Chord meditations

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  1. Quintricacy

    I've been working with this recently. Put a chord into a sequencer or a loop station and then improvise with it with no real time. I find the results much better than shedding through scales and positions and it's a much more musical way of practicing said scales. At the moment i'm going through the melodic minor sound world as I'm not the strongest with any of the modes within this scale, and trying to get through lydian sharp 9 too. I also try and close my eyes for the whole time and really let my ear guide me, and after some time it all starts falling under my fingers and some interesting patterns start to come out.

    Has anyone else tried something similar?

  2. Matt

    Yeah! i love the sequencer that is on my boss delay. it's only five seconds long max, but i do exactly what you said: close my eyes and improvise. I also find using the Vol. 21 (aebersold) tracks that have random root movement helpful as i try to improvise with only my ear.
    I also like the sequencing for hearing notes (ie upper structures) and i sing them to try to internalize them
    what sequencer do you hve?

  3. docbop

    Better yet loop a short chord sequence so you can practice getting into and out of the chord.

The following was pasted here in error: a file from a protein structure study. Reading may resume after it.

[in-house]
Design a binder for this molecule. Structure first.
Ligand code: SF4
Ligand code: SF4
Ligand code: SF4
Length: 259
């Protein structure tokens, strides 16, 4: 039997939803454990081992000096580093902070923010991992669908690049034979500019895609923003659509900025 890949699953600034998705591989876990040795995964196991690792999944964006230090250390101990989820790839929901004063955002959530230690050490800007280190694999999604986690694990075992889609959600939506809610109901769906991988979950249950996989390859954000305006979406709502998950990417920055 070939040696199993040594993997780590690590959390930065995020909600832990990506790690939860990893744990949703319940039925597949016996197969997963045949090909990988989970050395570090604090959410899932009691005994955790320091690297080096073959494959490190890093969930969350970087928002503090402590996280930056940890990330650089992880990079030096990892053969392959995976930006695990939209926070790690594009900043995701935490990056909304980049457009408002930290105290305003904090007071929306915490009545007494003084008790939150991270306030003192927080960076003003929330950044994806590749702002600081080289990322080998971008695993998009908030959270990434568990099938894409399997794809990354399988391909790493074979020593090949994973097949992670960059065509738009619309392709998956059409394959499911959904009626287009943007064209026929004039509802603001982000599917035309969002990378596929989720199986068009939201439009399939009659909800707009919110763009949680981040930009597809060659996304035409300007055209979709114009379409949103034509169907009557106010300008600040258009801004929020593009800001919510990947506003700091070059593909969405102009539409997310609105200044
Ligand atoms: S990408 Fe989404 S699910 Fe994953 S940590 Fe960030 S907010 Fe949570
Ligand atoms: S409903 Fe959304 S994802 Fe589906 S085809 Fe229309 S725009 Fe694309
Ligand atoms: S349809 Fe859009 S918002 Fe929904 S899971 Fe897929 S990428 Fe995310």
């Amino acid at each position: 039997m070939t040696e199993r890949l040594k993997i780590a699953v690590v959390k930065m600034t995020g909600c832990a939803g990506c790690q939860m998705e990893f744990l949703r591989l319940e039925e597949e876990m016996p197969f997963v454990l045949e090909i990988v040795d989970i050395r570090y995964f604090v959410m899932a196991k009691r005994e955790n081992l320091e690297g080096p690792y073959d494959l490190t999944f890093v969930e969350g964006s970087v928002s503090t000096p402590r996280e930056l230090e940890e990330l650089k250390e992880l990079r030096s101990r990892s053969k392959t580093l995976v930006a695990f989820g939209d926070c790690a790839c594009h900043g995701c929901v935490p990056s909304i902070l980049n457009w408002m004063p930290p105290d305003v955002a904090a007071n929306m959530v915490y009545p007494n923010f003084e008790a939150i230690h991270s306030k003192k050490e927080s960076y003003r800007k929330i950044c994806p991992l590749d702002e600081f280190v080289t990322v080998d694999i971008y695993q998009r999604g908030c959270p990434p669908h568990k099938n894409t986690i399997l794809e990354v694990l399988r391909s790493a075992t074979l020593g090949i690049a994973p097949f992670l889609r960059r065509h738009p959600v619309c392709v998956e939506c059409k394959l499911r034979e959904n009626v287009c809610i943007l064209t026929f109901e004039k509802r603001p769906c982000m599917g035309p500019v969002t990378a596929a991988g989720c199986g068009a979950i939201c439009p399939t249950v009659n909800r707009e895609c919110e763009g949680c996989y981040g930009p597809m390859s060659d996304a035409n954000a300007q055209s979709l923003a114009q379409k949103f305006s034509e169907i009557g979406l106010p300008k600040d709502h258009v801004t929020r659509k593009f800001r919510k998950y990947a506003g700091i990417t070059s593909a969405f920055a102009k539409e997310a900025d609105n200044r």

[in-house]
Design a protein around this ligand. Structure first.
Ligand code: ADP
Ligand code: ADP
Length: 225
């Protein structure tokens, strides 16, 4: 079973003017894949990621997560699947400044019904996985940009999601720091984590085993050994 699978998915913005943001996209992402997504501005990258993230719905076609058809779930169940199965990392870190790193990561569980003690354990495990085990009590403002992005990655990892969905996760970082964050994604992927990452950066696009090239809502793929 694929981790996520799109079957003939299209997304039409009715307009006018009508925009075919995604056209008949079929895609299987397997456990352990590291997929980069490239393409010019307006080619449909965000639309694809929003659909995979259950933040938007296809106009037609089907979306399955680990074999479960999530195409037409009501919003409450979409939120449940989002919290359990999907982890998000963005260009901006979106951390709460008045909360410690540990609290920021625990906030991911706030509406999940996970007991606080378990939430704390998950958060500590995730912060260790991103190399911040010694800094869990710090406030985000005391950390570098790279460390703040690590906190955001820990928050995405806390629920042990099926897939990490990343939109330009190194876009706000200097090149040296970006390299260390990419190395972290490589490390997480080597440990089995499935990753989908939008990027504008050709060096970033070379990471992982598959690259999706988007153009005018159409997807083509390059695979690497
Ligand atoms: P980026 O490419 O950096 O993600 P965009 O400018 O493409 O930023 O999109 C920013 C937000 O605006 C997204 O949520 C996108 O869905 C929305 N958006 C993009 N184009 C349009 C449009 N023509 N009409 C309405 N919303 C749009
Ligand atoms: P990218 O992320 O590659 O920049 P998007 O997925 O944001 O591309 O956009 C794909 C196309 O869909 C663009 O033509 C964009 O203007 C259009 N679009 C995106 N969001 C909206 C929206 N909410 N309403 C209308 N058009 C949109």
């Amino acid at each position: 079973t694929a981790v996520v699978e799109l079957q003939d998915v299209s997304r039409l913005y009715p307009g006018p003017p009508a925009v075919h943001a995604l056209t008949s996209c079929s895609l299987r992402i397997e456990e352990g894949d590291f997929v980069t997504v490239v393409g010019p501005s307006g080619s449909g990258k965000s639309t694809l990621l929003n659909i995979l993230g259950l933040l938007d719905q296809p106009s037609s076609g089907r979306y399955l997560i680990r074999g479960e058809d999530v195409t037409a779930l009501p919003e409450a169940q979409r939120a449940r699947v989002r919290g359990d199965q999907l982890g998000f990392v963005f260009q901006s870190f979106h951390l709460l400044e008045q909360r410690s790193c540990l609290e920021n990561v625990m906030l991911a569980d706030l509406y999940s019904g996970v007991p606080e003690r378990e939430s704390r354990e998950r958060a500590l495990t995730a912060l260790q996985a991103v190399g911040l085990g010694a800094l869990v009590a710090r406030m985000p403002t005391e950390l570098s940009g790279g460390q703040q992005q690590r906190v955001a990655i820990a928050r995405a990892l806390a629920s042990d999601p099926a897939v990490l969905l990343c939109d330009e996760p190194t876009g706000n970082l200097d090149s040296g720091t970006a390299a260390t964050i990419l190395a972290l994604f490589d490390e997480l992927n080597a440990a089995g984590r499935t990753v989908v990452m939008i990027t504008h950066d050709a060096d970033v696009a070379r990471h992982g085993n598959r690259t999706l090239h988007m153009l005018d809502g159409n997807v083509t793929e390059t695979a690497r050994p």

4. YES!!!!
    I do this. I got an ( iPhone ) app called sruti box. It's a drone box that people use in Indian music to practice you can set intervals ( a range of 12 tones is provided ) and the timbre is really soft and inviting - like a Rhodes .
    With the loop station I'll play random triads , with a sense of pulse ( not necessarily bound to meter), I generally keep to lower registers ( knowing I'm going to accompany my self ), trying to keep it simple but varied and cohesive.
    I'll do what you're talking about- close my eyes and fish for things. Dealing with things like voice leading a motif or just trying to deal with things without having to jump to a more familiar location when a change passes. As an old teacher said " do one thing everywhere , do everything in one place".
    Sometimes I'll put my loop in reverse this changes the timbre ( as the overtones approach in reverse ) so as to make a contrasting tone with the normal guitar and to also avoid remembering any of the changes. This is super fun and it feels like honest playing and improvising.

  5. Quintricacy

    Thanks for the replies. Some interesting stuff in here that I will definitely try. @Matt: I use Logic and program in the chords usually with a Rhodes patch.

    Magical rainbow ponies
  6. JorgeRubiales

    Hey Quintricacy, nice post here!

    My teacher uses garage band with some loops, and records or sequences some kind of drone or rythm base (upright bass, guitar, wathever) and then improvises on top of that with one mode. I've just caught him doing it before I get to the class, so I don't know what's his routine, but from what I know he keeps for about an hour doing that in one mode, and he has maybe 2 or 3 modes for the day, always going in fourths (lets say C, F and Bb melodic minor).

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